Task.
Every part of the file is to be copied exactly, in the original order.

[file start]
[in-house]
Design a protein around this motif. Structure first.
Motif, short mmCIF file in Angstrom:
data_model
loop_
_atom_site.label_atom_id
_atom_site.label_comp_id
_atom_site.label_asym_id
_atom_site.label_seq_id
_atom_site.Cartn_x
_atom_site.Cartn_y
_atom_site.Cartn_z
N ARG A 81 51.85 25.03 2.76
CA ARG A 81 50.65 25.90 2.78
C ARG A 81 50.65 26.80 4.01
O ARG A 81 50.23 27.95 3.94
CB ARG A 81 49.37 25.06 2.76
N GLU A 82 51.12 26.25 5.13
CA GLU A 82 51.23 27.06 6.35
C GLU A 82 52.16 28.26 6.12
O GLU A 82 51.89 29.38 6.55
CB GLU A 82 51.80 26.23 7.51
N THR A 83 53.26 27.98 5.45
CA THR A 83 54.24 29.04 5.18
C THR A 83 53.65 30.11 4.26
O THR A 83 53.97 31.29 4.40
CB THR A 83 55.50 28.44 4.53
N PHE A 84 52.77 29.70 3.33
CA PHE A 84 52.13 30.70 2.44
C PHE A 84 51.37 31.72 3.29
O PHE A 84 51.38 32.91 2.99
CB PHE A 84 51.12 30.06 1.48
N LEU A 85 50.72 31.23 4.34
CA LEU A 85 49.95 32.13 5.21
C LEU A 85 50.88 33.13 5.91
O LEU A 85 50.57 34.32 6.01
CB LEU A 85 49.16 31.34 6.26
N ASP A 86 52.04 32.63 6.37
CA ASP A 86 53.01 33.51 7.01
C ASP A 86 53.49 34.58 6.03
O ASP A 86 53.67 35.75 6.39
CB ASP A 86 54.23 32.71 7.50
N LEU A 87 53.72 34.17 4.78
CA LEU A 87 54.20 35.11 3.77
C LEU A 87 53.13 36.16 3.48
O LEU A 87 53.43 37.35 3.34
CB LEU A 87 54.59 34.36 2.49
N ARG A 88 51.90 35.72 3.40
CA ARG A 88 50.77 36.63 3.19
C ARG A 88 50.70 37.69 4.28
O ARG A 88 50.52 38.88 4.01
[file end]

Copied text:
[in-house]
Design a protein around this motif. Structure first.
Motif, short mmCIF file in Angstrom:
data_model
loop_
_atom_site.label_atom_id
_atom_site.label_comp_id
_atom_site.label_asym_id
_atom_site.label_seq_id
_atom_site.Cartn_x
_atom_site.Cartn_y
_atom_site.Cartn_z
N ARG A 81 51.85 25.03 2.76
CA ARG A 81 50.65 25.90 2.78
C ARG A 81 50.65 26.80 4.01
O ARG A 81 50.23 27.95 3.94
CB ARG A 81 49.37 25.06 2.76
N GLU A 82 51.12 26.25 5.13
CA GLU A 82 51.23 27.06 6.35
C GLU A 82 52.16 28.26 6.12
O GLU A 82 51.89 29.38 6.55
CB GLU A 82 51.80 26.23 7.51
N THR A 83 53.26 27.98 5.45
CA THR A 83 54.24 29.04 5.18
C THR A 83 53.65 30.11 4.26
O THR A 83 53.97 31.29 4.40
CB THR A 83 55.50 28.44 4.53
N PHE A 84 52.77 29.70 3.33
CA PHE A 84 52.13 30.70 2.44
C PHE A 84 51.37 31.72 3.29
O PHE A 84 51.38 32.91 2.99
CB PHE A 84 51.12 30.06 1.48
N LEU A 85 50.72 31.23 4.34
CA LEU A 85 49.95 32.13 5.21
C LEU A 85 50.88 33.13 5.91
O LEU A 85 50.57 34.32 6.01
CB LEU A 85 49.16 31.34 6.26
N ASP A 86 52.04 32.63 6.37
CA ASP A 86 53.01 33.51 7.01
C ASP A 86 53.49 34.58 6.03
O ASP A 86 53.67 35.75 6.39
CB ASP A 86 54.23 32.71 7.50
N LEU A 87 53.72 34.17 4.78
CA LEU A 87 54.20 35.11 3.77
C LEU A 87 53.13 36.16 3.48
O LEU A 87 53.43 37.35 3.34
CB LEU A 87 54.59 34.36 2.49
N ARG A 88 51.90 35.72 3.40
CA ARG A 88 50.77 36.63 3.19
C ARG A 88 50.70 37.69 4.28
O ARG A 88 50.52 38.88 4.01